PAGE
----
10 key trends in the orthopedic & spine device industries

Written by Mackenzie Garrity | May 22, 2018 | Print  | Email

It's never a shock to hear healthcare is changing. All aspects of the industry continue to advance, grow and develop. Orthopedic and spine device companies are currently contemplating and handling various shifts in the industry.

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Here are 10 key trends in the orthopedic and spine device industry.

1. The shift toward ASCs: Mazor Robotics is among the device companies focused on transitioning physicians and patients from inpatient care settings to outpatient surgery centers and ambulatory surgery centers. In a phone call with shareholders, Mazor Robotics CEO Ori Hadomi, said, "In the U.S., our Renaissance [system] is creating headway into the ambulatory surgery center market and we have initiated a pilot program with a major ASC chain." 

2. Building out product portfolios through acquisitions: In the first quarter of 2018 Alphatec diverted from its traditional portfolio of manufacturing widgets and acquired SafeOp Surgical, an automated neuromonitoring technology company. Alphatec now plans to use the new products to enhance its current portfolio, utilizing a porous titanium material. 

3. The introduction of biologics: "Our biologics business performed better than expected, down 10 percent versus the hardest comparison quarter we will see this year, and better than the results we had guided to," said NuVasive CEO Gregory Lucier in a conference call to shareholders. Biologics continues to be a pressing issue, with the FDA introducing more regulations and more companies investigating how biologics can boost their implants. 

4. 3-D printing is becoming more prevalent and competitive: As more patients expect to receive personalized care, device companies are competing to provide patient, specific 3-D printed implants. K2M CEO Eric Major understands the demand, saying, "3-D printing is one of the hottest areas of spine implant innovation, and K2M was the first leading spine company to market 3-D printed spinal implants." 

5. Becoming a standout in robotics and minimally invasive surgery systems: Hospitals are beginning to install more robotic surgery systems to perform various minimally invasive procedures and device companies want to be the dominate provider. However, it's not as simple as going to the hospital and installing systems. Stryker CEO Kevin Lobo understands this challenge. He and his team focus on developing physician champions who can advocate for the robotic system. 

6. Trump administration's new tariff on medical devices from China: In April, President Trump imposed a 25 percent tariff on a list of products from China, including orthopedic and fracture appliances as well as artificial joints. The tariff has the potential to affect more than 15 spine and orthopedic device companies who have manufacturing and distribution agreements with China.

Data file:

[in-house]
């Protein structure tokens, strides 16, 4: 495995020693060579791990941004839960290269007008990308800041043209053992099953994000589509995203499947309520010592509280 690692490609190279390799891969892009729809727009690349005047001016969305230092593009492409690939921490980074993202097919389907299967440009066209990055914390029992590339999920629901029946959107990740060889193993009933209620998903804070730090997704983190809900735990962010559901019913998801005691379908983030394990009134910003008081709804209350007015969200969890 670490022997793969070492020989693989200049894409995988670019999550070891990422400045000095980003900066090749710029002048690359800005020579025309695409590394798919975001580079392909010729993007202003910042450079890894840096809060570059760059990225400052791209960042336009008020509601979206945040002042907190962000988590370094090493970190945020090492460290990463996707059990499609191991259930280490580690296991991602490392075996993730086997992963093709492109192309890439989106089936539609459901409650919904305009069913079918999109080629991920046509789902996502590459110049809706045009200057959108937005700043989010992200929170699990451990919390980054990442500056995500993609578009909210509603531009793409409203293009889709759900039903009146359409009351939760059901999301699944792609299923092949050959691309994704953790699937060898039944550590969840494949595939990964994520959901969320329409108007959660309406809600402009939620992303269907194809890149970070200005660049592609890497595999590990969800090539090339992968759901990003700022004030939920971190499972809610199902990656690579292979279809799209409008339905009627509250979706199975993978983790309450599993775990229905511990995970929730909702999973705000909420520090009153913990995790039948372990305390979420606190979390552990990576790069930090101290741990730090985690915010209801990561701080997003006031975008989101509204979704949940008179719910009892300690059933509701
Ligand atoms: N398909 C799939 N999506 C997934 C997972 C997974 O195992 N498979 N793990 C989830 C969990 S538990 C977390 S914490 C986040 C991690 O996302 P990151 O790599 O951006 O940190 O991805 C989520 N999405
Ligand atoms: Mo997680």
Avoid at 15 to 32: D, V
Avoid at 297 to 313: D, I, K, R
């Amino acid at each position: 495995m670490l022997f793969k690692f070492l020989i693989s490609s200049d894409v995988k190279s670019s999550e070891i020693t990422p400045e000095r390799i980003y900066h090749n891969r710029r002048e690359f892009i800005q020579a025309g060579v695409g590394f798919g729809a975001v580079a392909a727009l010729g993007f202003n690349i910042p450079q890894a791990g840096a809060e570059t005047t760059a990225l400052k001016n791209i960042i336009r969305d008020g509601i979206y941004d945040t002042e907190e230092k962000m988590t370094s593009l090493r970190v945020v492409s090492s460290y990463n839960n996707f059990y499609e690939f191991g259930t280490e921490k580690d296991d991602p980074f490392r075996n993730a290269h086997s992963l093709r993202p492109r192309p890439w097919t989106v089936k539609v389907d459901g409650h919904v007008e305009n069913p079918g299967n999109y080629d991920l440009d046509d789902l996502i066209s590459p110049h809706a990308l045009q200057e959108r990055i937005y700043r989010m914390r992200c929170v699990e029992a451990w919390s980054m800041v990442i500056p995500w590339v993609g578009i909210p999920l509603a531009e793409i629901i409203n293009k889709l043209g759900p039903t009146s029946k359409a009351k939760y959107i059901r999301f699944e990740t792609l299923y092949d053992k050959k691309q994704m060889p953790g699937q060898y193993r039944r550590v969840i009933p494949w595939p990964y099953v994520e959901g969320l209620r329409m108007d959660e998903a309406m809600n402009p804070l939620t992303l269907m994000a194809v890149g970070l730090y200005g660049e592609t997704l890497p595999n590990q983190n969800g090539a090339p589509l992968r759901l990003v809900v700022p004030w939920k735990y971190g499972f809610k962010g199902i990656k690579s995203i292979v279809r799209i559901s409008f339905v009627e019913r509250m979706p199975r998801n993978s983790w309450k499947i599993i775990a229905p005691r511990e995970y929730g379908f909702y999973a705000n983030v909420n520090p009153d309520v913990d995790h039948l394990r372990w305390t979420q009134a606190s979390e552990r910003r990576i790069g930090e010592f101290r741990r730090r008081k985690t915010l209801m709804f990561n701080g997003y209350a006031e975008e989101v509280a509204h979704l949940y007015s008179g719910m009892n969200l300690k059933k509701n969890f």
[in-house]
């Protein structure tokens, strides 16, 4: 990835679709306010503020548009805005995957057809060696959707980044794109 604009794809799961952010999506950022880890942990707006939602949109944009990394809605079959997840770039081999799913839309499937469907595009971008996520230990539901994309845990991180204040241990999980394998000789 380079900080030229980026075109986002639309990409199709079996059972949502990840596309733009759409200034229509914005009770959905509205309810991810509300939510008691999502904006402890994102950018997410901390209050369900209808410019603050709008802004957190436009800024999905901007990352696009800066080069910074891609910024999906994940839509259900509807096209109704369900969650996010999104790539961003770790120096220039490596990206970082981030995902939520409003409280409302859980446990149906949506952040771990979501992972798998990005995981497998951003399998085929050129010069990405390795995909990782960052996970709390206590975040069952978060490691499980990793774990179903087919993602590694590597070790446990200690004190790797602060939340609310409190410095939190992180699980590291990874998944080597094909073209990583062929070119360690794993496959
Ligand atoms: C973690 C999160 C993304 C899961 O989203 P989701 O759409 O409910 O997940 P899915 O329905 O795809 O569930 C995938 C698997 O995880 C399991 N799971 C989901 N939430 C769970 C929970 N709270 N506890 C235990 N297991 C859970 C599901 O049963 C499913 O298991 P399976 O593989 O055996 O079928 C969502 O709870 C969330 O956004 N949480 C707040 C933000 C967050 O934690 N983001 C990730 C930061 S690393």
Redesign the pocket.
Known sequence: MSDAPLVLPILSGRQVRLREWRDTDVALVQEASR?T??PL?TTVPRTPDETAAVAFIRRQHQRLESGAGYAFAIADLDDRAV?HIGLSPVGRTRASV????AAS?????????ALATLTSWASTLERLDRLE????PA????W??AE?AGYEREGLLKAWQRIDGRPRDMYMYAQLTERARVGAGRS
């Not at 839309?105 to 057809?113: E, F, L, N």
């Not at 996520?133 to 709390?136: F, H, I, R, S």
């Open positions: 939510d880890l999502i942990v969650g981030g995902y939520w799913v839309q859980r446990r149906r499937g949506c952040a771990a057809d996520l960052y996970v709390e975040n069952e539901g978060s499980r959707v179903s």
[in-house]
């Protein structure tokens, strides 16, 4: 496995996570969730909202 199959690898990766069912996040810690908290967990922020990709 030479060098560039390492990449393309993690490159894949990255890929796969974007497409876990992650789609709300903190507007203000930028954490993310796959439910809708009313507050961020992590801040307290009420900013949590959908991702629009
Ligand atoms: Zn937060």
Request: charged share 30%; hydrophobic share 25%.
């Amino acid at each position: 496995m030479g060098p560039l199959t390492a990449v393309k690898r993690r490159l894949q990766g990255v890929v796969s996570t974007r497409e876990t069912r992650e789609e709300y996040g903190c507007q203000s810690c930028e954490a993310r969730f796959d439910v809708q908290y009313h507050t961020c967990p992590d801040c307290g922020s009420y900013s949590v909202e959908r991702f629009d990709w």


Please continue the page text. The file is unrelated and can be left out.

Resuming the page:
7. FDA proposes increasing oversight of artificial joint: To improve medical device government oversight, the FDA considered adding steps in its approval process. The FDA is considering implementing new safety requirements for certain devices and mandating more training for doctors who implant particular high-risk devices. The agency will also explore additional oversight of devices for women, incentives for manufacturers to improve safety and cybersecurity features for electronic devices. 

8. Global supply chain changes: As world markets continue to develop and advance, orthopedic and spine device companies are forced to develop strategies about their supply chain models. After Johnson & Johnson saw a 1.1 percent worldwide growth in its orthopedic segment, its CFO Dominic Caruso said, "We plan to implement a series of actions across our global supply chain that are intended to focus our resources and increase investments in critical capabilities, technologies and solutions necessary to manufacture and supply our portfolio. This will enable us to better meet patient and customer needs, make us more agile in a rapidly evolving landscape and drive business growth." 

9. Avoiding opioid use after surgery: With the opioid epidemic at the center of conversation, device companies are continuing to develop devices that require minimal opioid use after surgery. Pacira is expanding its nerve block Exparel label, which can reduce opioid use by 72 percent. When used during shoulder surgery, 13 percent of patients opted out of all opioid use. 

10. Outcome-based contracts on the rise: Medtronic is among the companies looking to shift its contracts to coincide with healthcare's transition to value-base care. Now, Medtronic is signing outcome-based contracts with customers, adjusting the price of a device on how well it works rather than a fixed price. These risk-based compensation contracts are designed to support transparency and improve outcomes. 

More articles on devices and implants:
NuVasive Precise Stryde System used in 1st patient: 5 highlights
Global spinal fusion market to hit $8B by 2022 — 5 points
Globus Medical names VP of sales for orthopedic trauma: 4 notes

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